• Personally, I’m about to head out tomorrow night on vacation, so expect minimal blogging and possibly even shutting off of comments. When I get back, I’ll be teaching our spring semester graduate course on groups and representations, see here. Also trying to finish my book on quantum theory and representation theory. Current state (see here, comments always welcome) is that I’ve gone over and rewritten the first 34 chapters (except the introduction), planning on rewriting and adding material to the rest of the manuscript this semester. This better be done by this summer, partly because that’s when it is supposed to be delivered to Springer, partly because I’m already quite tired of this project and want to work on other things…

Update: Any mention of Bayesianism seems to attract a large number of people who want to discuss it, especially aspects that have nothing to do with the string theory/multiverse business. Please discuss this topic with John Horgan at his blog.

Update: Sabine Hossenfelder has more on the Hawking/Perry/Strominger paper here.

Update: Scientific American has an interesting interview with Strominger, who explains some of the ideas behind Hawking/Perry/Strominger. Jacques Distler has come out of retirement at Musings to object that this work violates two central ideological tenets: one should not pay attention to gauge invariance, and the answer to all questions should be string theory or AdS/CFT.

Posted in Uncategorized | 27 Comments

End of Year Links

A collection of links to round out the year:

  • The Seminaire Bourbaki talks this January look unusually interesting. Luckily I’ll be in Paris at that time.
  • For an end of year present, Jacob Lurie has posted a version of his unfinished next book, Spectral Algebraic Geometry. It’s advertised as much more user-friendly than previous versions of the same material and that’s quite true after reading the first chapter.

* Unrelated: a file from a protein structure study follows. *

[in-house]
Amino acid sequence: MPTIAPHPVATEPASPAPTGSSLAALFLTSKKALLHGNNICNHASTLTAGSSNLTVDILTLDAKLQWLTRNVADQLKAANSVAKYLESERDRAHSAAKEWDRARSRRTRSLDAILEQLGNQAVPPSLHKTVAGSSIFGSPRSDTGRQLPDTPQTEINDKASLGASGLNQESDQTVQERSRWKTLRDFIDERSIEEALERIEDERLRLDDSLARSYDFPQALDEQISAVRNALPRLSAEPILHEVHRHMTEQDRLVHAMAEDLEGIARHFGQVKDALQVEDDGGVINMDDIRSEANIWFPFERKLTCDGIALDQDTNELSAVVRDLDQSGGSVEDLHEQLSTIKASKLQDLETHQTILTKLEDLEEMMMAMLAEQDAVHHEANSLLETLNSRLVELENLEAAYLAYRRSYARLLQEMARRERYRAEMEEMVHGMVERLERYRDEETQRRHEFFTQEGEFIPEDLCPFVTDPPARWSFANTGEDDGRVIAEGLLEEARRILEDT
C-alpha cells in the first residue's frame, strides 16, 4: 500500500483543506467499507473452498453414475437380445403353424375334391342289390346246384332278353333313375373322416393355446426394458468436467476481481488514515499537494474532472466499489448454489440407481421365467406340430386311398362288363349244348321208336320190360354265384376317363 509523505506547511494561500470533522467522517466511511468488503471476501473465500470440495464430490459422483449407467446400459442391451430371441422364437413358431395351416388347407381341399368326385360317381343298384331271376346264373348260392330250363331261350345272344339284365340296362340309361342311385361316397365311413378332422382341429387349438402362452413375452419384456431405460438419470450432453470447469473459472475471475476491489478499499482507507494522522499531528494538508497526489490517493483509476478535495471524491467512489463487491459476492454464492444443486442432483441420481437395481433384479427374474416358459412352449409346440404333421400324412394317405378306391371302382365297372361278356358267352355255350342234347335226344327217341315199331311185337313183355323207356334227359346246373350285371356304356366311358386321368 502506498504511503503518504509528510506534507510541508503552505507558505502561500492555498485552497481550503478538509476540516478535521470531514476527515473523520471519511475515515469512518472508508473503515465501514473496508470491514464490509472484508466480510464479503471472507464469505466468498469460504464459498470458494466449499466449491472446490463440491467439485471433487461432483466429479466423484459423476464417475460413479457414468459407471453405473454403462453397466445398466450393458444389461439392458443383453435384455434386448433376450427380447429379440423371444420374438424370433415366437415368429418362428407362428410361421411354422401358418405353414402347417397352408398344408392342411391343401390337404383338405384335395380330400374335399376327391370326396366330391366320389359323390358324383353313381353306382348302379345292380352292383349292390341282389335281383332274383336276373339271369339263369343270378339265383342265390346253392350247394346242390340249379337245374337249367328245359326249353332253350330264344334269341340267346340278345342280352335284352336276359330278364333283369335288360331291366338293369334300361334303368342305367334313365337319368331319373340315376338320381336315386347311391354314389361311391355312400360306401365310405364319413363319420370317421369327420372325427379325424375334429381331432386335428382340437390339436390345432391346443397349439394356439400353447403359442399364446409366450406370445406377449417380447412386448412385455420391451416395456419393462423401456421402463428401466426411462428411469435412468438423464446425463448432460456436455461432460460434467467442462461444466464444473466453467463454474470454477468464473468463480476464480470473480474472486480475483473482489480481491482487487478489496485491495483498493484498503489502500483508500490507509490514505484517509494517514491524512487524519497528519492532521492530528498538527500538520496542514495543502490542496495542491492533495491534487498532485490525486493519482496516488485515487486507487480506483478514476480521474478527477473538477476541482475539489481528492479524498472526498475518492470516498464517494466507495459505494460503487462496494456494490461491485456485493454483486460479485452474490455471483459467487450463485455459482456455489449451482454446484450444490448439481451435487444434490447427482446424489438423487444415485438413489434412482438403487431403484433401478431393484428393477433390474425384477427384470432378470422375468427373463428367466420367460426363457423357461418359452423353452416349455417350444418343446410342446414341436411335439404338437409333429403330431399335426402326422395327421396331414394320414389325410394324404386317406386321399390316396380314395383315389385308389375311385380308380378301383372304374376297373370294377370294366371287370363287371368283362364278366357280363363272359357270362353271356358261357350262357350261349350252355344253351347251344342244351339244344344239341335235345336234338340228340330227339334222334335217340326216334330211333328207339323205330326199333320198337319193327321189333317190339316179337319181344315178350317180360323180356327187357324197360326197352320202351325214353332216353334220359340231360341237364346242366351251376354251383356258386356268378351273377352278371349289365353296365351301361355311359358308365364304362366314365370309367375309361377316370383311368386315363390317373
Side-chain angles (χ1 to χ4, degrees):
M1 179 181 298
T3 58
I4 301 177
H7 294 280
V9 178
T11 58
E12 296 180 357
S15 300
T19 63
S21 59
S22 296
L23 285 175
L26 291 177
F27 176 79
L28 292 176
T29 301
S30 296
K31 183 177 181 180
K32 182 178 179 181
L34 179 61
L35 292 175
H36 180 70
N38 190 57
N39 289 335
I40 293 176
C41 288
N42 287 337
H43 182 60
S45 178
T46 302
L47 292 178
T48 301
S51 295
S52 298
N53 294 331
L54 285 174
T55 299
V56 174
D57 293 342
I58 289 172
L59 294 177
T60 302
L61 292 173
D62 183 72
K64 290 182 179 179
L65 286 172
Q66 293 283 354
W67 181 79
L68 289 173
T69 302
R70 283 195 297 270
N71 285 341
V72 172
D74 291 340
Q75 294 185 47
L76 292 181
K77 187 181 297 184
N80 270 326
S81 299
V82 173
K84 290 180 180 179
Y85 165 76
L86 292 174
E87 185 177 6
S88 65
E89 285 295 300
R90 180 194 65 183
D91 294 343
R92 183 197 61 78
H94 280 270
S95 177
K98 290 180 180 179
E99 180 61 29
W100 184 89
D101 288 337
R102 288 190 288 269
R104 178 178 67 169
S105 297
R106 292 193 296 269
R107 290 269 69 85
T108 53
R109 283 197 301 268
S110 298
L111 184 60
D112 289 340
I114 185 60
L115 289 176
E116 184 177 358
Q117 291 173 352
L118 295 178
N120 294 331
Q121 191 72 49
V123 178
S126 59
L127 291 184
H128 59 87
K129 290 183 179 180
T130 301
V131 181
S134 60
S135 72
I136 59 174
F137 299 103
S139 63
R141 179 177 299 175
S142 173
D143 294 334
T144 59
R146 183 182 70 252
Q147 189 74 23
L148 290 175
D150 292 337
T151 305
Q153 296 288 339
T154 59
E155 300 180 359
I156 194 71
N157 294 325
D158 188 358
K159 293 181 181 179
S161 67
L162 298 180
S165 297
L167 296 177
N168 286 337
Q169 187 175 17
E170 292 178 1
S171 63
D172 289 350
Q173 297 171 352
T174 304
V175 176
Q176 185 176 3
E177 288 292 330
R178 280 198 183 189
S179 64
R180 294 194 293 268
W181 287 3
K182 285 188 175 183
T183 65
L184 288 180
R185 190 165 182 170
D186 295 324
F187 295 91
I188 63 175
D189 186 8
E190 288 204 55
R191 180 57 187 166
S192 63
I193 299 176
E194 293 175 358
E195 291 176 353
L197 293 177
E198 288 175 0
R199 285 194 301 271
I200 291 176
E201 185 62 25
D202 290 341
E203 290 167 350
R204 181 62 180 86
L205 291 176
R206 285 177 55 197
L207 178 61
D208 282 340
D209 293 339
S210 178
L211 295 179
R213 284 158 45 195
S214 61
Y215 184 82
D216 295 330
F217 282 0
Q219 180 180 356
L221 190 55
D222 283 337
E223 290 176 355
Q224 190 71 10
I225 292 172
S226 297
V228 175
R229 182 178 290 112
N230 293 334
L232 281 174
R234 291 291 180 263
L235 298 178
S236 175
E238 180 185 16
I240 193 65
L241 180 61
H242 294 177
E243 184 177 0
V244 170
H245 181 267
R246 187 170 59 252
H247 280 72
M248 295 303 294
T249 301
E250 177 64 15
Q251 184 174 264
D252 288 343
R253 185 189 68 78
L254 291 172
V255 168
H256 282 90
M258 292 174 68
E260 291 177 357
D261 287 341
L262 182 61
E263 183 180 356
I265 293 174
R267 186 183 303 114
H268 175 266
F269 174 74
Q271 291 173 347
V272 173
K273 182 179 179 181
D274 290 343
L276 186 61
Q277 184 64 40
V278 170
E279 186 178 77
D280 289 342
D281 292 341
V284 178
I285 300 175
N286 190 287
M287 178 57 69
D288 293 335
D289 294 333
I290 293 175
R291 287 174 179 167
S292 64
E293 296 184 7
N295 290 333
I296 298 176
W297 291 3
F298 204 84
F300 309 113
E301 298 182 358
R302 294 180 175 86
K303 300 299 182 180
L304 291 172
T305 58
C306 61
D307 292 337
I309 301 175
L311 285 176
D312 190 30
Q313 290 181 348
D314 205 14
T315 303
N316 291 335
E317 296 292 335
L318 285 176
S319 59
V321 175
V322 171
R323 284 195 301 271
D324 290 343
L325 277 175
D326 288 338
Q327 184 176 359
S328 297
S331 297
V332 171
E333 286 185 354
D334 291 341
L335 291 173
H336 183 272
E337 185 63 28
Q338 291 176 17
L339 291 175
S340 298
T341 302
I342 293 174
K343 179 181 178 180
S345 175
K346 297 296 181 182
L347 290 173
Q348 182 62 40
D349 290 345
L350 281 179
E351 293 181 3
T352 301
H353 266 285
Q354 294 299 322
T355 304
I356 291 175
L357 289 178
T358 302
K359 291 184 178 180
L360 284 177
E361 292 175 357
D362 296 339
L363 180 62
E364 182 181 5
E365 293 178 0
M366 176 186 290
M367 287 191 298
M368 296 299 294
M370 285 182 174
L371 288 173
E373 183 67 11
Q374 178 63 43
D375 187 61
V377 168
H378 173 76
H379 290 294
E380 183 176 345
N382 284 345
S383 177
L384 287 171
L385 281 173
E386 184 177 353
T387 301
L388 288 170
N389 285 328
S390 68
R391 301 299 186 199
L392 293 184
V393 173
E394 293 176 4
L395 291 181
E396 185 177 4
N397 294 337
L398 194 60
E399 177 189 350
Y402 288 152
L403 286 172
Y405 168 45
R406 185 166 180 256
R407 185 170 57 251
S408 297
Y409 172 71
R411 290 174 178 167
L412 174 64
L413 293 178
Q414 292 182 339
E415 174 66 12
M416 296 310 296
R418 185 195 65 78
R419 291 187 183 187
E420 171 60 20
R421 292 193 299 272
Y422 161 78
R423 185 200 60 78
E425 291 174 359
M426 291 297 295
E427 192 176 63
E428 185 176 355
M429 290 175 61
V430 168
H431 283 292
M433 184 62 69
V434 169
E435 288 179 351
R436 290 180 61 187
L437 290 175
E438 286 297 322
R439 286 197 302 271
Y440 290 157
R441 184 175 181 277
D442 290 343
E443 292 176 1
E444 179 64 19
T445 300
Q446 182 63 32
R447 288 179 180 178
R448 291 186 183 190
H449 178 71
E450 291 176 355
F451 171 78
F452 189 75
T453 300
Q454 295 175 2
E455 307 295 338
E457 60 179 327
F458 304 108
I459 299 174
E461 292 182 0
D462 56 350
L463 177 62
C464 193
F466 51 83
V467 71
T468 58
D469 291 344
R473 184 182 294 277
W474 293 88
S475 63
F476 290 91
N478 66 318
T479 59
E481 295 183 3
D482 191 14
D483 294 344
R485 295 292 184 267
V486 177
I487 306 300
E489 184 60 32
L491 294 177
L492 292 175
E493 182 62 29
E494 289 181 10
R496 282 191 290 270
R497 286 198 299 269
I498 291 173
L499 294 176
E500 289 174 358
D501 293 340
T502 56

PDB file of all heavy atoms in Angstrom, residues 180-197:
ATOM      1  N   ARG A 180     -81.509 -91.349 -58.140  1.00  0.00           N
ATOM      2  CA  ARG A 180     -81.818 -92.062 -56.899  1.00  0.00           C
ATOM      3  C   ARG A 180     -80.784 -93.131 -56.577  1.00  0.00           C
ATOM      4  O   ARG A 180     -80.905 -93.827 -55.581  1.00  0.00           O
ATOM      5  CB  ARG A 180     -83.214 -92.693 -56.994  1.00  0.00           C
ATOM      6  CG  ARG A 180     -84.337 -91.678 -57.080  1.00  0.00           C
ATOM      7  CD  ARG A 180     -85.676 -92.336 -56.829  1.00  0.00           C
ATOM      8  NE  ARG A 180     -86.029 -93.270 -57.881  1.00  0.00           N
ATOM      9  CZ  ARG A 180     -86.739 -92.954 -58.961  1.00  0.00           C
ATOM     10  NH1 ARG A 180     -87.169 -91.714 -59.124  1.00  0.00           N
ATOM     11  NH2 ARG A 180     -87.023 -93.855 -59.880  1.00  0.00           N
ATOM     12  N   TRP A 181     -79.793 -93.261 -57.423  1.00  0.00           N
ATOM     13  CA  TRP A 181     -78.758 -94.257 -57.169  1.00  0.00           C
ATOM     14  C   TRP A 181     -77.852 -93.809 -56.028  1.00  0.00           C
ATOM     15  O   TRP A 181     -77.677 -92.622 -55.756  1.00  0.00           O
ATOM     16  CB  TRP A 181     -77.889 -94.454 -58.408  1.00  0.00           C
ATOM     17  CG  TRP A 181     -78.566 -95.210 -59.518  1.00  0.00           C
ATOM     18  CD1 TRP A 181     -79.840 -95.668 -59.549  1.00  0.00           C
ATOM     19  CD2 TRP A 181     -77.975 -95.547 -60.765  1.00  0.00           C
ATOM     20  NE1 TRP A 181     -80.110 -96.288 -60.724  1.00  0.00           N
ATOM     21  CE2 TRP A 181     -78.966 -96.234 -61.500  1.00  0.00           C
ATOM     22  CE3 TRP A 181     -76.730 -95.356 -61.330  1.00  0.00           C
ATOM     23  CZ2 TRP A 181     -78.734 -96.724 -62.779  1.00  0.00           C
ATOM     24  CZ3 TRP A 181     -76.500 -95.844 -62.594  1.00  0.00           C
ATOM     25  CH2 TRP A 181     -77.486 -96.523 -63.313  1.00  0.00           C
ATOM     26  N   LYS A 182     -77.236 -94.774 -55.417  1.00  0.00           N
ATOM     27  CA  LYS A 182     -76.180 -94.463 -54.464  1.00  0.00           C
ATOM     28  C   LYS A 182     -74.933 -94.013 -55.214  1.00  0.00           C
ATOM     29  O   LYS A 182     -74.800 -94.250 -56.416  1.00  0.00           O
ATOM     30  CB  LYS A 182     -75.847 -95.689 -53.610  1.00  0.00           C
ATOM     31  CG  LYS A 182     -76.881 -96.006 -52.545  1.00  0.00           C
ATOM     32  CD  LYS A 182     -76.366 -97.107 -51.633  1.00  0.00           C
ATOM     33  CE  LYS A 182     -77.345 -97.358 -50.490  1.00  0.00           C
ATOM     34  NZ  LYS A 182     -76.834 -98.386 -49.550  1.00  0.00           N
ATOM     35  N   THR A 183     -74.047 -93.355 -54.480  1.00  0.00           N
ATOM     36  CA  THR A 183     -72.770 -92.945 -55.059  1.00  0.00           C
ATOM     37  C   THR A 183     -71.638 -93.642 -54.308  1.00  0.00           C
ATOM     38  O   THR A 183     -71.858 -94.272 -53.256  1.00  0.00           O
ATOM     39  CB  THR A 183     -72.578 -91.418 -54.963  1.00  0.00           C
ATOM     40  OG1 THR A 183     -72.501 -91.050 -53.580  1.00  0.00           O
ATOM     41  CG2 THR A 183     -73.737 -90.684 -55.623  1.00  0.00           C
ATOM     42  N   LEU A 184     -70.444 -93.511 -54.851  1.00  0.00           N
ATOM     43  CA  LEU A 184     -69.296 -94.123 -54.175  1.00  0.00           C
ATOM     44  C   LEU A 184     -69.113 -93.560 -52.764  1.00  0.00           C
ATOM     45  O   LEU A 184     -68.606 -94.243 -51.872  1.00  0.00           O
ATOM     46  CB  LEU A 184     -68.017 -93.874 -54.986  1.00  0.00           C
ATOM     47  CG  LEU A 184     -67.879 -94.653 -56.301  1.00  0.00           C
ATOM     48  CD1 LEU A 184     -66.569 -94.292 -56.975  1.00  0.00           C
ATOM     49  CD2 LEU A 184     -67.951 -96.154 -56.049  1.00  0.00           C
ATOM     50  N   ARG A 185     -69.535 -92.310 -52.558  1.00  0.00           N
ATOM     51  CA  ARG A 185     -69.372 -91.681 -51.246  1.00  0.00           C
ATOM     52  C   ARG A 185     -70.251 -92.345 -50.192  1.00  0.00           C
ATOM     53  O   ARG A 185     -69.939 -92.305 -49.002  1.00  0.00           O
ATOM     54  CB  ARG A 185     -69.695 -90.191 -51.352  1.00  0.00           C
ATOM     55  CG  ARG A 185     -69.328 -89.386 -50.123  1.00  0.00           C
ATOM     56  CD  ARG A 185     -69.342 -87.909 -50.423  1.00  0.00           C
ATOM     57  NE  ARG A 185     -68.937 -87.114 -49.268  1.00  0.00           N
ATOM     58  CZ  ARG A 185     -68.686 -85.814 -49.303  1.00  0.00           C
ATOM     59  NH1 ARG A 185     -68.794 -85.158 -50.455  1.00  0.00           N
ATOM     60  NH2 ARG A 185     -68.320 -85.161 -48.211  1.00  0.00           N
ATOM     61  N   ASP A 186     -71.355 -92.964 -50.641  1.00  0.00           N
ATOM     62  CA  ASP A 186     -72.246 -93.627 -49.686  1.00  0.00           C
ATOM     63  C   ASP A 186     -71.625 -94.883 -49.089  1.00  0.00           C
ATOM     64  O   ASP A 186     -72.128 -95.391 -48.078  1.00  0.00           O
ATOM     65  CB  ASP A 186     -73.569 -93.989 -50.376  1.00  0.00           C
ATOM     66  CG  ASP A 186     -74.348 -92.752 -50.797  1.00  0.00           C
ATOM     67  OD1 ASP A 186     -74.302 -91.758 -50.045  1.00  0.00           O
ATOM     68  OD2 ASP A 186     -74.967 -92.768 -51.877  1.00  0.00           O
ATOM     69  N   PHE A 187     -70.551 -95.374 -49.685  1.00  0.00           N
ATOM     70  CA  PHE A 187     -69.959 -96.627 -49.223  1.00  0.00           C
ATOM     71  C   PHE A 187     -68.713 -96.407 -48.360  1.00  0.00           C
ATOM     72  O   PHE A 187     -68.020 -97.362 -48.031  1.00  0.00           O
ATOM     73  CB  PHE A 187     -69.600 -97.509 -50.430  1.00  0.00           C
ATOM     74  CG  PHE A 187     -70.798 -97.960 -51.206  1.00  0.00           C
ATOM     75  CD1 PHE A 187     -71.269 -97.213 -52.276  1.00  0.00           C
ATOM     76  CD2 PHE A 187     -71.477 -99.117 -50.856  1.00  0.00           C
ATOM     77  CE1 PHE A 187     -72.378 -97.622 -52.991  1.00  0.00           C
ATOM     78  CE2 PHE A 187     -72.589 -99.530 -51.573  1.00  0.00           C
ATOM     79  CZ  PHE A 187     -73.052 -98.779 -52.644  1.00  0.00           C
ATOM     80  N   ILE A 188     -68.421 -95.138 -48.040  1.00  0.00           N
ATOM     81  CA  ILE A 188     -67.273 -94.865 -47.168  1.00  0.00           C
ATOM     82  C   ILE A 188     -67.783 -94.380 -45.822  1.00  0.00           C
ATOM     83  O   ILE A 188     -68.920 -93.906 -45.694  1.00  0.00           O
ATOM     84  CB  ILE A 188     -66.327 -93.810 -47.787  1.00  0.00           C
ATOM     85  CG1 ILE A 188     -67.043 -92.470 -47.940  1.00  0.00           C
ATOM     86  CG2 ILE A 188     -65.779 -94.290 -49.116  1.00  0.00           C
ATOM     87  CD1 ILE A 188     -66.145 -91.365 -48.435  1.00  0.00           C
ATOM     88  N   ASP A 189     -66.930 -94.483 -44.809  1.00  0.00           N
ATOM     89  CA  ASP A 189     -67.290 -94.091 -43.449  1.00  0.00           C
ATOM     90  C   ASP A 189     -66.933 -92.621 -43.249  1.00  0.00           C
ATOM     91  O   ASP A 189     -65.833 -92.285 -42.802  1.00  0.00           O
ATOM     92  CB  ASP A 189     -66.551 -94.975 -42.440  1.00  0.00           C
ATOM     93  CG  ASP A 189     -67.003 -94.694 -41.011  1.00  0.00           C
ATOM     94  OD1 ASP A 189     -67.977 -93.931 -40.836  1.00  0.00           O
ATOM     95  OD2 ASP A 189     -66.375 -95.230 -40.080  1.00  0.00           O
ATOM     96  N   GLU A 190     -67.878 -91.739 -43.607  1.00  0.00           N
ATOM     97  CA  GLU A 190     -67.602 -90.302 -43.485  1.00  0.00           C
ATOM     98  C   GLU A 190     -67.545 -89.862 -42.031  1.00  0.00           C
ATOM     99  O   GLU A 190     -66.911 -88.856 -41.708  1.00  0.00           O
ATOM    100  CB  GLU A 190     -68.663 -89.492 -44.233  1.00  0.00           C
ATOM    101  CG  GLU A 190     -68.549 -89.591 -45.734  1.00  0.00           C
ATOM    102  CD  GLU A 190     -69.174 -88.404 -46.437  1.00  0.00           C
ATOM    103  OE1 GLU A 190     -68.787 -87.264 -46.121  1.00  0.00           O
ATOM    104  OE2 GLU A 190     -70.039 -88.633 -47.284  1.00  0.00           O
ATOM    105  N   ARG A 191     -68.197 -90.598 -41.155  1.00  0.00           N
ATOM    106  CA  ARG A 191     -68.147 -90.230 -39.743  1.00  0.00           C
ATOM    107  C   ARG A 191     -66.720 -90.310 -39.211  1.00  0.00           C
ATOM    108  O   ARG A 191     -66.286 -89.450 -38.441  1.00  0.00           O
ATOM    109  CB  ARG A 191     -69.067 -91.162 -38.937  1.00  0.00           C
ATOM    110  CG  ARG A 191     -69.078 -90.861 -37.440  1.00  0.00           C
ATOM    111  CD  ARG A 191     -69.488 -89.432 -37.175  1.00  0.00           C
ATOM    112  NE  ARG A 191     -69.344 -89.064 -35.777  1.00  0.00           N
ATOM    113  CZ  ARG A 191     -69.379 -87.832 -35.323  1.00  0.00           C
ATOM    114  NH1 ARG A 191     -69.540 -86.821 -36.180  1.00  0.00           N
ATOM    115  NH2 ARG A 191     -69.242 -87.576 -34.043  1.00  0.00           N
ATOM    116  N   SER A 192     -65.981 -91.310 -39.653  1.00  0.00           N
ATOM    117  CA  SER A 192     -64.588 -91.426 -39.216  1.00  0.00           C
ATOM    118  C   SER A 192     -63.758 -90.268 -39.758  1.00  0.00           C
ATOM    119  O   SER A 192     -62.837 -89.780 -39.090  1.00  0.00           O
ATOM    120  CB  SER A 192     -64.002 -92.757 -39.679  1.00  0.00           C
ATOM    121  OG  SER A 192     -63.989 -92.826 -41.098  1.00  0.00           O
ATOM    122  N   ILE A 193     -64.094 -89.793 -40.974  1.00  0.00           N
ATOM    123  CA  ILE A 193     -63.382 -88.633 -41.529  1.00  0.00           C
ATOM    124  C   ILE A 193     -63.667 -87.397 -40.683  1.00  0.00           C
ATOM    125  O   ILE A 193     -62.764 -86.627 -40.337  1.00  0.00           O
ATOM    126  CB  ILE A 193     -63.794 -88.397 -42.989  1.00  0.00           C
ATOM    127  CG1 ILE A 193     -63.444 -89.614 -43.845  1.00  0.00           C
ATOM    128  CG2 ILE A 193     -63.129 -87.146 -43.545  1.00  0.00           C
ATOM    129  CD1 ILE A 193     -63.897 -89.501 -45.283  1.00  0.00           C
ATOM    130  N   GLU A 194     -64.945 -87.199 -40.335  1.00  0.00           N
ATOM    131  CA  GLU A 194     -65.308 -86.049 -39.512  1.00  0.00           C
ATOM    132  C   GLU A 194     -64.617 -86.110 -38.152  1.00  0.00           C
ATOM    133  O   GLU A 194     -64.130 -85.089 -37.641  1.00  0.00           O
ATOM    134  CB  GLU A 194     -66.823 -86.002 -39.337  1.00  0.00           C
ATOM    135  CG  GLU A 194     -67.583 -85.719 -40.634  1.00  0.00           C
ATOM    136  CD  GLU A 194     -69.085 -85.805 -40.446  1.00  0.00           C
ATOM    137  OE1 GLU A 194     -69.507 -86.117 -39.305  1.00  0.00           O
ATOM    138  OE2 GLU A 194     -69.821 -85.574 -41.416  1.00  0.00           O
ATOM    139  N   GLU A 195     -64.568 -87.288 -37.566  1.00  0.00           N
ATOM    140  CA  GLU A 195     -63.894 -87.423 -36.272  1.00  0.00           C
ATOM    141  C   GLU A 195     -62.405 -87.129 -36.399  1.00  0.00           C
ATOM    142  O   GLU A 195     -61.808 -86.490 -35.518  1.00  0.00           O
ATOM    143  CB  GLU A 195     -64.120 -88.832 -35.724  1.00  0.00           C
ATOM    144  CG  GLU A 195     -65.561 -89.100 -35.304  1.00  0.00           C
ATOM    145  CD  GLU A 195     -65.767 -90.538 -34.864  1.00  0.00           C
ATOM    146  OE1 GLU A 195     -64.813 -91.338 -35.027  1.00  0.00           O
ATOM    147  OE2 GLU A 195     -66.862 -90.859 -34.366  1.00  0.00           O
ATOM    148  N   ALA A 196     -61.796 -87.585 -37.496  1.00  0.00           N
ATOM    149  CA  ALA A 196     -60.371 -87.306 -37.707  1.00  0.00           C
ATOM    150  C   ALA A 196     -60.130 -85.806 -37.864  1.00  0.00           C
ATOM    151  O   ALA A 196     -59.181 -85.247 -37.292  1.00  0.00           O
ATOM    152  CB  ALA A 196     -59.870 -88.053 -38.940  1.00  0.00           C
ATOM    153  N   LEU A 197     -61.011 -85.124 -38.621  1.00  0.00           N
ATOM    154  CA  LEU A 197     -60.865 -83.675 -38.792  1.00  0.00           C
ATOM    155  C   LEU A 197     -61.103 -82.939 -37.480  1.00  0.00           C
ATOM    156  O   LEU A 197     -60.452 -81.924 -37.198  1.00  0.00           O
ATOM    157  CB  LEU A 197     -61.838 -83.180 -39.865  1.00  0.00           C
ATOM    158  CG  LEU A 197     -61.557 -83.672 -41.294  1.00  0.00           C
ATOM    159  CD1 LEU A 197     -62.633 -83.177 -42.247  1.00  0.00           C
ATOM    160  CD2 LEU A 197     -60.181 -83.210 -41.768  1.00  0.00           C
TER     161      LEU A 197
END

• If 850 pages or so of this sort of thing isn’t enough to keep you busy during the break between terms, try Lurie’s Harvard colleague Dennis Gaitsgory’s A study in derived algebraic geometry, a book project with Rozenblyum, also in a preliminary version (around 1100 pages), with more to come. I’m hoping for the more user-friendly version of this one…
  • Also from Harvard, videos of last month’s Current Developments in Mathematics talks are now available here. At least the first of Peter Scholze’s talks is rather user-friendly.
  • Very, very user-friendly (especially if you read Japanese) are the Japanese television versions of Edward Frenkel’s talks earlier this year at MSRI, available here.
  • If you just can’t get enough of the new 750 GeV particle, you probably should read Tommaso Dorigo’s take on it.
  • Back when I was writing about the AMS’s role as a mouthpiece for the NSA in its attempts to mislead people about their role in backdooring an NIST crypto standard (see here and here), one thought I kept in mind was that since this standard supposedly was never used in anything important, maybe one shouldn’t get so upset. Recent news (see Matthew Green for an explanation) is that this bad crypto actually was used in something quite important: widely used firewall/VPN hardware from Juniper Networks. Quite likely this was used by the NSA to get access to much of the traffic on a wide variety of networks.

    The story is actually much more complicated than one can believe, with a still unclear sequence of changes in the software indicating that others, possibly a foreign government, took advantage of the NSA backdoor to compromise these systems. Green points out that this makes very clear the problem with government-mandated backdoors: even if you trust the government, they make it much easier for others to take advantage of the security problems they have introduced:

    One of the most serious concerns we raise during these meetings is the possibility that encryption backdoors could be subverted. Specifically, that a backdoor intended for law enforcement could somehow become a backdoor for people who we don’t trust to read our messages. Normally when we talk about this, we’re concerned about failures in storage of things like escrow keys. What this Juniper vulnerability illustrates is that the danger is much broader and more serious than that.